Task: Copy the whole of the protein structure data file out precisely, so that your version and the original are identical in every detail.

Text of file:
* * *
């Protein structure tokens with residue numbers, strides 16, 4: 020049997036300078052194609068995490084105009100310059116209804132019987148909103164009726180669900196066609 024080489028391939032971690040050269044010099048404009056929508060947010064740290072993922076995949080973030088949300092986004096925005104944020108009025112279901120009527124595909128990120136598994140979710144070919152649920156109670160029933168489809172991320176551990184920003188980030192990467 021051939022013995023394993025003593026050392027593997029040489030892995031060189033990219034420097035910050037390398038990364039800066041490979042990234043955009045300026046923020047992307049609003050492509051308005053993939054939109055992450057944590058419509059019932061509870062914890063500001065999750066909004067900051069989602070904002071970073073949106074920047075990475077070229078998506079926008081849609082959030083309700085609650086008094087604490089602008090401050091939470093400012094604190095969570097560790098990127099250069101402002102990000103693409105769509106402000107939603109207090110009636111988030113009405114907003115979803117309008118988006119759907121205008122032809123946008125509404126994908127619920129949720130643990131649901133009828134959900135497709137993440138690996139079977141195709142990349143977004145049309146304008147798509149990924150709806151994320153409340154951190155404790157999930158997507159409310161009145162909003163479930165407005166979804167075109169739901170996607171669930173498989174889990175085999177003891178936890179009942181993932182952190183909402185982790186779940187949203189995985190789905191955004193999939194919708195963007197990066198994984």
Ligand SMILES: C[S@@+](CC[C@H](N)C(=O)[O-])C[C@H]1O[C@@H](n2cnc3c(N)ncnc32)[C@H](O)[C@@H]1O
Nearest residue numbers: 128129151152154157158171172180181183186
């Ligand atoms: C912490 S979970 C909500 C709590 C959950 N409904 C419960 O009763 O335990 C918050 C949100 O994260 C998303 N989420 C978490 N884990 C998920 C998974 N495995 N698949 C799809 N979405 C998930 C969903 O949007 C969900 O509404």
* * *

């Protein structure tokens with residue numbers, strides 16, 4: 020049997036300078052194609068995490084105009100310059116209804132019987148909103164009726180669900196066609 024080489028391939032971690040050269044010099048404009056929508060947010064740290072993922076995949080973030088949300092986004096925005104944020108009025112279901120009527124595909128990120136598994140979710144070919152649920156109670160029933168489809172991320176551990184920003188980030192990467 021051939022013995023394993025003593026050392027593997029040489030892995031060189033990219034420097035910050037390398038990364039800066041490979042990234043955009045300026046923020047992307049609003050492509051308005053993939054939109055992450057944590058419509059019932061509870062914890063500001065999750066909004067900051069989602070904002071970073073949106074920047075990475077070229078998506079926008081849609082959030083309700085609650086008094087604490089602008090401050091939470093400012094604190095969570097560790098990127099250069101402002102990000103693409105769509106402000107939603109207090110009636111988030113009405114907003115979803117309008118988006119759907121205008122032809123946008125509404126994908127619920129949720130643990131649901133009828134959900135497709137993440138690996139079977141195709142990349143977004145049309146304008147798509149990924150709806151994320153409340154951190155404790157999930158997507159409310161009145162909003163479930165407005166979804167075109169739901170996607171669930173498989174889990175085999177003891178936890179009942181993932182952190183909402185982790186779940187949203189995985190789905191955004193999939194919708195963007197990066198994984």
Ligand SMILES: C[S@@+](CC[C@H](N)C(=O)[O-])C[C@H]1O[C@@H](n2cnc3c(N)ncnc32)[C@H](O)[C@@H]1O
Nearest residue numbers: 128129151152154157158171172180181183186
């Ligand atoms: C912490 S979970 C909500 C709590 C959950 N409904 C419960 O009763 O335990 C918050 C949100 O994260 C998303 N989420 C978490 N884990 C998920 C998974 N495995 N698949 C799809 N979405 C998930 C969903 O949007 C969900 O509404």